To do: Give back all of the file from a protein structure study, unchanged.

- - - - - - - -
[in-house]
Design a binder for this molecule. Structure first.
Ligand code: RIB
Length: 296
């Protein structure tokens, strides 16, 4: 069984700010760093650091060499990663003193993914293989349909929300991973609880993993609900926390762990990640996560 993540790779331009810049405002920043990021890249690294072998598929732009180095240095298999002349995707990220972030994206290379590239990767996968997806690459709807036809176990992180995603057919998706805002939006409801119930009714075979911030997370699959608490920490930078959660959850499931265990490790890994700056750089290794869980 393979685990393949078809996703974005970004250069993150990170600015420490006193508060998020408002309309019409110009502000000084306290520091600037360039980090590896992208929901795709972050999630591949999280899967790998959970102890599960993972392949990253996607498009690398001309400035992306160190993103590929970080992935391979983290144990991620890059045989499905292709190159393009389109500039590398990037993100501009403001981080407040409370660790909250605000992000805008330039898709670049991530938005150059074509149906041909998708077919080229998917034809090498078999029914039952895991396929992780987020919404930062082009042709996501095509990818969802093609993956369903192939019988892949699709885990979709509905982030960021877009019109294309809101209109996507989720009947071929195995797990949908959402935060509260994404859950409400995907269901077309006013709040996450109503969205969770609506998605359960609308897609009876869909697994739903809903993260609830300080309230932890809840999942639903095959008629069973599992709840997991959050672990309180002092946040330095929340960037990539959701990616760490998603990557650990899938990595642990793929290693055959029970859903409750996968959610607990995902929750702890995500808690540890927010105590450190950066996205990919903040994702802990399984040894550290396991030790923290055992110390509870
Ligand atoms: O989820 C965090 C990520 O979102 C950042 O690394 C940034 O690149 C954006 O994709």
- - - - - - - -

[in-house]
Design a binder for this molecule. Structure first.
Ligand code: RIB
Length: 296
């Protein structure tokens, strides 16, 4: 069984700010760093650091060499990663003193993914293989349909929300991973609880993993609900926390762990990640996560 993540790779331009810049405002920043990021890249690294072998598929732009180095240095298999002349995707990220972030994206290379590239990767996968997806690459709807036809176990992180995603057919998706805002939006409801119930009714075979911030997370699959608490920490930078959660959850499931265990490790890994700056750089290794869980 393979685990393949078809996703974005970004250069993150990170600015420490006193508060998020408002309309019409110009502000000084306290520091600037360039980090590896992208929901795709972050999630591949999280899967790998959970102890599960993972392949990253996607498009690398001309400035992306160190993103590929970080992935391979983290144990991620890059045989499905292709190159393009389109500039590398990037993100501009403001981080407040409370660790909250605000992000805008330039898709670049991530938005150059074509149906041909998708077919080229998917034809090498078999029914039952895991396929992780987020919404930062082009042709996501095509990818969802093609993956369903192939019988892949699709885990979709509905982030960021877009019109294309809101209109996507989720009947071929195995797990949908959402935060509260994404859950409400995907269901077309006013709040996450109503969205969770609506998605359960609308897609009876869909697994739903809903993260609830300080309230932890809840999942639903095959008629069973599992709840997991959050672990309180002092946040330095929340960037990539959701990616760490998603990557650990899938990595642990793929290693055959029970859903409750996968959610607990995902929750702890995500808690540890927010105590450190950066996205990919903040994702802990399984040894550290396991030790923290055992110390509870
Ligand atoms: O989820 C965090 C990520 O979102 C950042 O690394 C940034 O690149 C954006 O994709």